E Unmasking The VooDoo: Yield Curve

Today, the 2-10 spread reached a 12-year low.

To normal people, the typical response might be, “What in the name of the almighty are you talking about?

To market geeks likes us, it means the yield curve is as flat as its been since just before the financial crisis and recession.

Still not getting it? Not to worry, you are still normal. The panic in pundit hearts is that a flat yield curve suggests a recession is near. No, not tomorrow, but sometime in the next year or so.

Lazy are we are, we use the spread between the 10-year U.S. Treasury note and the 2-year note as the proxy for the whole curve. The whole curve is actually all the key Treasury rates from three and six months all the way out to 30-years.

Basic Curvology

Normally, these VooDoo articles are mostly time agnostic. However, the current state of the yield curve allows us to cover all sorts of things so I am going to go with it. It will keep, however, once the curve gets more benign again.

Here’s a picture of what everyone calls a normal yield curve (source: StockCharts.com). It is upward sloping as we go from short-term rates to long-term rates. The idea is that investors get paid more to take more risk. And since these are supposedly default-risk free U.S. Treasuries, that risk is interest rate risk. Having your money exposed, i.e. locked up, in longer maturities puts you at risk for rates going higher and your principle going lower.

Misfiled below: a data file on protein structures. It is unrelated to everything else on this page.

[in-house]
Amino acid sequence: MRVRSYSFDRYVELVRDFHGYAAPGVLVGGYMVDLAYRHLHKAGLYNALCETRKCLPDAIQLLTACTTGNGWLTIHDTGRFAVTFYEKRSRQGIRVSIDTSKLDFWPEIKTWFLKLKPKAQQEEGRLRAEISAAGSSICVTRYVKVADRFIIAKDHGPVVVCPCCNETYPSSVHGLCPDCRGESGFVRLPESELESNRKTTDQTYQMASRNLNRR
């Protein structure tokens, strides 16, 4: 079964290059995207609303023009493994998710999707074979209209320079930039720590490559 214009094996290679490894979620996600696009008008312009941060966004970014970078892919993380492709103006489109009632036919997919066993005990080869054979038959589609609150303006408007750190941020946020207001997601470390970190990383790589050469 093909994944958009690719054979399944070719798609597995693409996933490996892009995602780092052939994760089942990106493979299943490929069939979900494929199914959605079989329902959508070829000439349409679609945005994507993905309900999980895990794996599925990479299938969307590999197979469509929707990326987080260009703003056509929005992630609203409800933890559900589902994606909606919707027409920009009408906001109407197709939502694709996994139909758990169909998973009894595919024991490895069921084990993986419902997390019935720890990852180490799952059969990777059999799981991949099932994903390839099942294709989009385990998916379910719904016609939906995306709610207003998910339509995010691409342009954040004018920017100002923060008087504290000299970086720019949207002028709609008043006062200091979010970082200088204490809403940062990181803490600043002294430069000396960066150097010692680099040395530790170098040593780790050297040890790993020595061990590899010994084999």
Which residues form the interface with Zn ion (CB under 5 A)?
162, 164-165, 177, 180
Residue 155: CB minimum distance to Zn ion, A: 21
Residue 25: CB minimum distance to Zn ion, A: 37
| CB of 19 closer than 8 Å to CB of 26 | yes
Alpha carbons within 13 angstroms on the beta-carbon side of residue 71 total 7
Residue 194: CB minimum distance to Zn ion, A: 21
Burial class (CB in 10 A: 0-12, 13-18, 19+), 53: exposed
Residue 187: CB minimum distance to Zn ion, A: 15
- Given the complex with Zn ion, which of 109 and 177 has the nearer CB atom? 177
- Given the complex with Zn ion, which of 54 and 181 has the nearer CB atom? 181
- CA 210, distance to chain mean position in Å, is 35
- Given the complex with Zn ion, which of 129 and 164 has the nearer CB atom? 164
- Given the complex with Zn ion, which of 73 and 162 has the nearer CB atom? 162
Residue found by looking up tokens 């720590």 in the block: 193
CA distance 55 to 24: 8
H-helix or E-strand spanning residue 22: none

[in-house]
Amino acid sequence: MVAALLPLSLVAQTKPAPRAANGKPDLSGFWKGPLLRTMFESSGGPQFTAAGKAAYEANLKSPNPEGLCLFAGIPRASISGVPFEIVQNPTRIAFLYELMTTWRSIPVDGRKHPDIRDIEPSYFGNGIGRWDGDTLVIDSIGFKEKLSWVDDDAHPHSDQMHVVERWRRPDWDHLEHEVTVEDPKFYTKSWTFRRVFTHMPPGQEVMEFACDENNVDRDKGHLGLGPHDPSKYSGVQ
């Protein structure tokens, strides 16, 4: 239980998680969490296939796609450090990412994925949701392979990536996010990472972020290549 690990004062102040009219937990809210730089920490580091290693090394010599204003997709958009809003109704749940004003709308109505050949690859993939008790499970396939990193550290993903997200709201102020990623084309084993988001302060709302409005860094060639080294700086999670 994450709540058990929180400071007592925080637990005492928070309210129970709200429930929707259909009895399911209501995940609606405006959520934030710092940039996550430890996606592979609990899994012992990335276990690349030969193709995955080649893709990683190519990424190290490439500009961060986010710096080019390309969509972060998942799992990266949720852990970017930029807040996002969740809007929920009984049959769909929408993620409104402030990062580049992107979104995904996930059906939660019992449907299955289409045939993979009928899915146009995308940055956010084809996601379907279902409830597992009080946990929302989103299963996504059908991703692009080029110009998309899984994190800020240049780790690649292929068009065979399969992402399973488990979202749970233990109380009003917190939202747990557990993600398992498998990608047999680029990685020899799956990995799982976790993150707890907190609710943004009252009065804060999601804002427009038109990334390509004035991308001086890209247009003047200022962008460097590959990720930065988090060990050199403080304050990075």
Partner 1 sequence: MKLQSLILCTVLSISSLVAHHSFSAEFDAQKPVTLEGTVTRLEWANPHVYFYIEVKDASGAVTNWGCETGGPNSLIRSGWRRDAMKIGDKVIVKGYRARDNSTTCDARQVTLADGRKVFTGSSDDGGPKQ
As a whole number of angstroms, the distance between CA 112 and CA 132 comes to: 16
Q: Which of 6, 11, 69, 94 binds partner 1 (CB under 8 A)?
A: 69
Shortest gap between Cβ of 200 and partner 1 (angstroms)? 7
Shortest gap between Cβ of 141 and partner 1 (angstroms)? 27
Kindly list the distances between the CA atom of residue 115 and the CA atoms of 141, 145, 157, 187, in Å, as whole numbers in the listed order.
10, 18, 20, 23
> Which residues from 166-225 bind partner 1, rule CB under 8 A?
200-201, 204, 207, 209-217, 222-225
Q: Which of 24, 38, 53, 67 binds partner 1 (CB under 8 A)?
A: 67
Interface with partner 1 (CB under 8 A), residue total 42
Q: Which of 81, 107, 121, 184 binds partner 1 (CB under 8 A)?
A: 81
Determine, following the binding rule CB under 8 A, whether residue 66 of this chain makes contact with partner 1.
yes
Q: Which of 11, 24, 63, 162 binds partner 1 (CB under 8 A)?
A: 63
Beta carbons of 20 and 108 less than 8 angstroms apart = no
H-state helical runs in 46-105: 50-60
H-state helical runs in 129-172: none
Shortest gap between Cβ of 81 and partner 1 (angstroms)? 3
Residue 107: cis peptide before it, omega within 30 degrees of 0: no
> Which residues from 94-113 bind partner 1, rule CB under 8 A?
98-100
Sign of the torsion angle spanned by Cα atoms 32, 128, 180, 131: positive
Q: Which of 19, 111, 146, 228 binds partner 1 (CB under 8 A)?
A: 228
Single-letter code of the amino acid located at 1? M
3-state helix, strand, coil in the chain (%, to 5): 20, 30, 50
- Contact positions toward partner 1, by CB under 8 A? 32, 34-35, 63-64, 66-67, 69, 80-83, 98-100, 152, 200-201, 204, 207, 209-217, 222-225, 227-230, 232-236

You know, bond prices and yields move inversely to one another. If you want more, you’ll have to use the google because that will take me too far off track here.

Anyway, that’s the way the world works when things are, ahem, normal. But since the financial crisis and the artificial lowering of short-term rates by they who shall remain nameless (the Fed), this is what the yield curve looked like for the past few years.

Note it still has that nice upward slope. The difference is that the left side (the short end of the curve) starts near zero.  Don’t forget, this was smack in the middle of a rip-roaring bull market is stocks so the economy was humming along, albeit at rather low growth.

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Disclosure: No positions in anything covered.

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